“We need an unprejudiced mind to see what-is; we cannot see what-is and respond to it if the mind is trying to change or suppress it. We resist what-is because we are afraid of the unknown, or because what-is contradicts what we have been conditioned to believe, or because it threatens us. The resulting fear prevents from us accepting what-is. (…)

Action that arises out of acceptance is different from action that arises out of rage and hatred. Action that arises from a state of surrender is less contaminated with judgment and the need to hurt others. We simply do what needs to be done without labeling the situation as good or bad according to the ego’s criteria.”

Lionel Corbett
Psyche and the Sacred: Spirituality Beyond Religion

What does ‘the ego’s criteria’ mean? Could it mean our cultural presuppositions, the judgments which we make sense of the world around us? Everyone lives out their lives through the filter of their experiences, their memories of the past as well as their hopes for the future. Their fears, their ideals: these are the colours that paint the landscape of our perspective, that tint our understanding of others as well as ourselves.

But what implications do these judgments hold for what we understand as ‘human’? To be human, this basic humanity, is common to every encounter we make. What does this mean – to be a sentient, conscious creature in a world rampant with the, increasingly subliminal, violence of dehumanisation, that is, the violence of labelling, discrimination and cultural degradation? Indeed, what is dehumanisation if not a denial of individuality as well as social identity?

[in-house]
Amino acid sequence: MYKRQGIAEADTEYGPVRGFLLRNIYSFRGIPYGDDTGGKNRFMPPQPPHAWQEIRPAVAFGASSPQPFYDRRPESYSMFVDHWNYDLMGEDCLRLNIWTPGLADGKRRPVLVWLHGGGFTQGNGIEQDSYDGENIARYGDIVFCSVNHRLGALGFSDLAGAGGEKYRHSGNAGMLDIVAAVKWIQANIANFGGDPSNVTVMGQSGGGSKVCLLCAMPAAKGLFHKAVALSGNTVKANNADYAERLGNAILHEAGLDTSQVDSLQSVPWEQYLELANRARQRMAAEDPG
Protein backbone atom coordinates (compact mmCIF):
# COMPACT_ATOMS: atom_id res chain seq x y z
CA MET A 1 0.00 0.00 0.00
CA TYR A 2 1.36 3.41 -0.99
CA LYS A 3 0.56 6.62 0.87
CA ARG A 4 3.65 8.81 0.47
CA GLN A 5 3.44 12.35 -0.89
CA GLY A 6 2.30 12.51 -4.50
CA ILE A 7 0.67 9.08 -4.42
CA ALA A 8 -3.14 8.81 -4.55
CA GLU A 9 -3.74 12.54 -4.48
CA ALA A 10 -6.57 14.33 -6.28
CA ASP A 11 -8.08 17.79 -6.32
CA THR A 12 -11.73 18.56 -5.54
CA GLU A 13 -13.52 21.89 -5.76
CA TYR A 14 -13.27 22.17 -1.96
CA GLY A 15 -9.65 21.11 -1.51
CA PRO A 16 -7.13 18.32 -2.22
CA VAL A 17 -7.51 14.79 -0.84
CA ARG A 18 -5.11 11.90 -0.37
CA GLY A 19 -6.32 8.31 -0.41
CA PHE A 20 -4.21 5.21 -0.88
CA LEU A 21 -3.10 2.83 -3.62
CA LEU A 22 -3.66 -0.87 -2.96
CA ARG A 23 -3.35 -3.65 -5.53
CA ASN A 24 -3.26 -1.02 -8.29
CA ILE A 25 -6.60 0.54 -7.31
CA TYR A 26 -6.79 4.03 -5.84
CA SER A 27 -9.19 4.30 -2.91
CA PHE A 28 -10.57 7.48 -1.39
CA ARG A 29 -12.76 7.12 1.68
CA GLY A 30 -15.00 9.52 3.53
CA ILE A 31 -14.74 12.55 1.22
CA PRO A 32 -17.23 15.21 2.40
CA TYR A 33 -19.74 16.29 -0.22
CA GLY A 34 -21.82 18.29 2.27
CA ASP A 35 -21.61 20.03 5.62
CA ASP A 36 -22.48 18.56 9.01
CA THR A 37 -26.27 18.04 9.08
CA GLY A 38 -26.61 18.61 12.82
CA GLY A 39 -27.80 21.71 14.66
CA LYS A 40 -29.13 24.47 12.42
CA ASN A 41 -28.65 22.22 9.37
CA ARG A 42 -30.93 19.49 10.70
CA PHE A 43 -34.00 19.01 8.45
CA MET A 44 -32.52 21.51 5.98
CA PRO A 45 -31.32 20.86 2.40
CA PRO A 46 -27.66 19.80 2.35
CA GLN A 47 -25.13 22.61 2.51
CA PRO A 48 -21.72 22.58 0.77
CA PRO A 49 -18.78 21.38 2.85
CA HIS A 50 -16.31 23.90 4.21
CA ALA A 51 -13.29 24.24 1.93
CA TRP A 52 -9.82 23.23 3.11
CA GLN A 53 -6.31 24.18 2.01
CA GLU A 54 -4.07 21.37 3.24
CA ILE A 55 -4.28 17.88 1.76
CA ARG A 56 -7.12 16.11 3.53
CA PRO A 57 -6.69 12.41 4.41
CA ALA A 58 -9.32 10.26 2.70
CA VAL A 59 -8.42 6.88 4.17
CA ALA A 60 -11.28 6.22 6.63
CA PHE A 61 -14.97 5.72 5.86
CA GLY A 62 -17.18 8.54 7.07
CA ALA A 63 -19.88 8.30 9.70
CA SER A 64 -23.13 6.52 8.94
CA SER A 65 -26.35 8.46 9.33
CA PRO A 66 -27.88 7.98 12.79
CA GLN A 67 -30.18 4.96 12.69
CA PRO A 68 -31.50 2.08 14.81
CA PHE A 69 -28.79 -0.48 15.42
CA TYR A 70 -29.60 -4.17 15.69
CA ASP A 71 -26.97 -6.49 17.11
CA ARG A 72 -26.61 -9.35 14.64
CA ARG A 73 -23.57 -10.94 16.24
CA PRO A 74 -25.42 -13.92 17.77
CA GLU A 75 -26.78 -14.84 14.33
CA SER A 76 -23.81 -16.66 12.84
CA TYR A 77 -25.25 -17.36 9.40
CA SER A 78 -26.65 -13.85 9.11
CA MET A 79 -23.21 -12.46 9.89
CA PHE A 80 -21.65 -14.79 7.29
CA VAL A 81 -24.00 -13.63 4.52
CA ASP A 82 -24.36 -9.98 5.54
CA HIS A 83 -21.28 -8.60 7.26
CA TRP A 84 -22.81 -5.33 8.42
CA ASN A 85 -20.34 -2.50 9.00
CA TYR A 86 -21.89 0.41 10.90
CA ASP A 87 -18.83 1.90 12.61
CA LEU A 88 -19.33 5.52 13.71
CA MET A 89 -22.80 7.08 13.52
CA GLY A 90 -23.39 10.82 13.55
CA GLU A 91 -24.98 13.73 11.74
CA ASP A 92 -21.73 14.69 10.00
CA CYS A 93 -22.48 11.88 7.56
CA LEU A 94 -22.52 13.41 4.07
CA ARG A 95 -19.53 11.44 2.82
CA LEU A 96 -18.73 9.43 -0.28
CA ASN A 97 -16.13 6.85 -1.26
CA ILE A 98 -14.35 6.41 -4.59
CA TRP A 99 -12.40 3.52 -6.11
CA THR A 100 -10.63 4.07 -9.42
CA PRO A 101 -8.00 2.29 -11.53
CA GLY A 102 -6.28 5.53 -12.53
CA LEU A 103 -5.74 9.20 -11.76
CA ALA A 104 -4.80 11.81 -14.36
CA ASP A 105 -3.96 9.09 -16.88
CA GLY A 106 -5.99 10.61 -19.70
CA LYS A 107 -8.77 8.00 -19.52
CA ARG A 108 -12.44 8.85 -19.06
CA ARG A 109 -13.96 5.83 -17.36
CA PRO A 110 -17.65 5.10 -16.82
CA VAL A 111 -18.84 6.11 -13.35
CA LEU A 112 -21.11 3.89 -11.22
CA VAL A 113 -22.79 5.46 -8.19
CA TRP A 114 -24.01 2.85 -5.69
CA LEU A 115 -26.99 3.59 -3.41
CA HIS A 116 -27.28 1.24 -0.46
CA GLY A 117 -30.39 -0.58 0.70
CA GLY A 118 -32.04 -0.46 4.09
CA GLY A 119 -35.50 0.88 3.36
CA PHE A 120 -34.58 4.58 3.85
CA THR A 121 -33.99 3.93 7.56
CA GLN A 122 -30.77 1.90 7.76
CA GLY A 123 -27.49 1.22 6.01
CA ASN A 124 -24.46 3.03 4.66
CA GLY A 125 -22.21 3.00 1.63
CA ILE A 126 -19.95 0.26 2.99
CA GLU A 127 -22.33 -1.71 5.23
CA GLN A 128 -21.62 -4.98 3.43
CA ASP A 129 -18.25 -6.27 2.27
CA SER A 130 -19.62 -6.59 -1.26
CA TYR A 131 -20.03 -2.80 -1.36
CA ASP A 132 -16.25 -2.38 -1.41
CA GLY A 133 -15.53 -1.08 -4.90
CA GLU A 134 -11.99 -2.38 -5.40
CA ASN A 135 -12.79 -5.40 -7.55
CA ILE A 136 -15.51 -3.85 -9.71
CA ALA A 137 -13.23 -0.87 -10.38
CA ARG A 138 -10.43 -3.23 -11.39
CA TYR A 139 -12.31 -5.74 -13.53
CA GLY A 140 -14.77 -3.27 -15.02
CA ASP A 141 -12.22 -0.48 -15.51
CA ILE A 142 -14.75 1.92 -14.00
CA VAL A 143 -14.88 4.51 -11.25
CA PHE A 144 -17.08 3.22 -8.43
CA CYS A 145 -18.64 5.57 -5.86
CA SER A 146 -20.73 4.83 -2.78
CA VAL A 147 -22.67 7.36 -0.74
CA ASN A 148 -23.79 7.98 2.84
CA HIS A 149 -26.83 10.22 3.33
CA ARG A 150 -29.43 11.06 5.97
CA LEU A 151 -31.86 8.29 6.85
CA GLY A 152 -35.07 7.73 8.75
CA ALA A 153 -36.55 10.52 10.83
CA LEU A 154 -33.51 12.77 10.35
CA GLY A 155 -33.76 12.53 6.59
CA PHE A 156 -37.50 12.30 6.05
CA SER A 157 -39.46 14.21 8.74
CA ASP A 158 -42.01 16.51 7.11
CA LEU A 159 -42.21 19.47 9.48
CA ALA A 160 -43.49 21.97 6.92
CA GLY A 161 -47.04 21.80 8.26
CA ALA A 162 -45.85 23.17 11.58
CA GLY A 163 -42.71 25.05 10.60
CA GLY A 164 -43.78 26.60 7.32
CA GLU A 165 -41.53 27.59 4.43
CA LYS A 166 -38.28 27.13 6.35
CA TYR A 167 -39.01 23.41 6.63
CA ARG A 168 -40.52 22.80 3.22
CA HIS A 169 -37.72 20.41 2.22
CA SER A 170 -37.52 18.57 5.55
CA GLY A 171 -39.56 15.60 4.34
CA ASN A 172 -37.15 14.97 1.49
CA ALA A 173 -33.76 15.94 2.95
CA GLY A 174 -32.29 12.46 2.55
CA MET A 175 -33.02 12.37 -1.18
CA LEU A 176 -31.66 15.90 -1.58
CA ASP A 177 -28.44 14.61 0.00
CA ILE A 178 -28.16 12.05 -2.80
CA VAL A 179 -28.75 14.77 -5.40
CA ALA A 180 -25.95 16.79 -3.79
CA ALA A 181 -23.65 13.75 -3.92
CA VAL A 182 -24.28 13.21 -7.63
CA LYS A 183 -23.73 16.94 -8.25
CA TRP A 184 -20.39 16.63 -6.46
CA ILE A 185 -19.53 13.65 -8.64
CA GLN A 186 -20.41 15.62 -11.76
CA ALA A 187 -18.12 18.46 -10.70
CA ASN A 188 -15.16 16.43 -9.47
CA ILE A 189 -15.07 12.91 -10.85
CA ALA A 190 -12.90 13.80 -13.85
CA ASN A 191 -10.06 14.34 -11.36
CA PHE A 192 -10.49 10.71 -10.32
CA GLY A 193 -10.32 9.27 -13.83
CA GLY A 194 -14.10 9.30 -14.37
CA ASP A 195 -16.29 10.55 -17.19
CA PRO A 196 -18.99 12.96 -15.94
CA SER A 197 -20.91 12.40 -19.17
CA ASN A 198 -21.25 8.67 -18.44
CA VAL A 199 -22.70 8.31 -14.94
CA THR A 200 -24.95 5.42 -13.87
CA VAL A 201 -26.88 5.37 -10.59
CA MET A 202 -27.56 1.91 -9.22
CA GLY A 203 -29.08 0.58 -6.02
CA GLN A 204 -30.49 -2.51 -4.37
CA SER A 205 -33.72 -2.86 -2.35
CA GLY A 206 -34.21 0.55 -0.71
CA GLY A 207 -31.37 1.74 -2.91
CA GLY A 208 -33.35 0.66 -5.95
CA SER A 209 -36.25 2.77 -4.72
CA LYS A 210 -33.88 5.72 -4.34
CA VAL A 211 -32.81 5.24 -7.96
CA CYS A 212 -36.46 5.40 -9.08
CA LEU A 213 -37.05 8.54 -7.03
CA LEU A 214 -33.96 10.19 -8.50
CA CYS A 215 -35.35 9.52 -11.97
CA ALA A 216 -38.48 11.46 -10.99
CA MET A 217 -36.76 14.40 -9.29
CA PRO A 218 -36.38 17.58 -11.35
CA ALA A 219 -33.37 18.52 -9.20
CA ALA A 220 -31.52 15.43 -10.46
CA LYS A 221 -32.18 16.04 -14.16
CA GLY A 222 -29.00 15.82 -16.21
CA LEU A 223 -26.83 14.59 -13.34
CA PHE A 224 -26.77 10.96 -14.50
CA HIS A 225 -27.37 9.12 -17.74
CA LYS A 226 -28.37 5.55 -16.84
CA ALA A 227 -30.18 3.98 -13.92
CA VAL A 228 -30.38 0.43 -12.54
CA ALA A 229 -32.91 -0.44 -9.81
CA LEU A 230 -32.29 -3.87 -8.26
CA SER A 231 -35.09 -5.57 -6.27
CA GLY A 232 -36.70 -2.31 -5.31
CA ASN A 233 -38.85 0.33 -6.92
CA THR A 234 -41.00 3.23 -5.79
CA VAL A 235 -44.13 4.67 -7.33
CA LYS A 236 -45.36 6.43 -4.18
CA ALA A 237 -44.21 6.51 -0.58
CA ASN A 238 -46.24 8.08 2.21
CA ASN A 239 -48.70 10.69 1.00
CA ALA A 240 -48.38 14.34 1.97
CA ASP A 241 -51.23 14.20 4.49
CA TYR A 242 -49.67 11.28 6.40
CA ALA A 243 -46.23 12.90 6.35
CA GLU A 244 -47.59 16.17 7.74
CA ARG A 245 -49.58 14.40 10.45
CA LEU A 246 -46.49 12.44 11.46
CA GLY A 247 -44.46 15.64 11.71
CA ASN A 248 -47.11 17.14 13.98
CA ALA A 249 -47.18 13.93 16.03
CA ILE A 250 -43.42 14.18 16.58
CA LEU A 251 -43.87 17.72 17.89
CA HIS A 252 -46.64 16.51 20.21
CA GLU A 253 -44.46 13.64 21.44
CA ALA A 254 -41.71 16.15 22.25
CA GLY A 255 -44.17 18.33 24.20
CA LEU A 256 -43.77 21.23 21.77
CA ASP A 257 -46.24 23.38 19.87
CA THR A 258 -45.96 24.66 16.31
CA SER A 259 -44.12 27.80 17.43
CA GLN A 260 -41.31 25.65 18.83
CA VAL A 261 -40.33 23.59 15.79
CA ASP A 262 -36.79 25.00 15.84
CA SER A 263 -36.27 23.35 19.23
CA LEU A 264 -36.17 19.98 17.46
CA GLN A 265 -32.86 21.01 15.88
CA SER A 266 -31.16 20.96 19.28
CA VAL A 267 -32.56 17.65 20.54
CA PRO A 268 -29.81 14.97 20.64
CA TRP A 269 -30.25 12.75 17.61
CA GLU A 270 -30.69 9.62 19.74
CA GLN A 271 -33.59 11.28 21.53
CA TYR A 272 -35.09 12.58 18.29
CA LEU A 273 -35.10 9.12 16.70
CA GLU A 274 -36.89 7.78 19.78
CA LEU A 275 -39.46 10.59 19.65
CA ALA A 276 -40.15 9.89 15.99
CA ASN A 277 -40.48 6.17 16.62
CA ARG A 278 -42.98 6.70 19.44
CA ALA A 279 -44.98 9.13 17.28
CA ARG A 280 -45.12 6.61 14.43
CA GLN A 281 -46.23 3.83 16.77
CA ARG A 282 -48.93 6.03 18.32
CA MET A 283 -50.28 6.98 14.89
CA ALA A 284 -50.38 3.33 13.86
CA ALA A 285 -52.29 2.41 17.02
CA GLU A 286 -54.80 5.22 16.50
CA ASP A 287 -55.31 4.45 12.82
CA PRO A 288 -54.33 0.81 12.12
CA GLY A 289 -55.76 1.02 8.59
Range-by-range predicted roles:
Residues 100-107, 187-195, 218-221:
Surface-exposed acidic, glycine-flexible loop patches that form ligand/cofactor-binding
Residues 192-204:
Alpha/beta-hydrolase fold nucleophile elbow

Entitled Magazine seeks to explore personal viewpoints – to allow a space for observation, expression, and comprehension. We, the editors, have chosen this theme for our inaugural issue as it has become ever more critical to remind ourselves that in a world of perceived divisions, abstract distinctions and unrecognised privilege, we still share something in common. This issue offers stories, opinions, or even perhaps just a day-to-day impression of what it means to be human in what can seem like a dehumanising place. Whatever it is, these works will fill you with compassion, stimulate your curiosity and might even afford a moment of identification. We invite you to encounter Entitled Magazine with an open mind, as, all in all, these are everyday testimonies of the difficulties facing us all.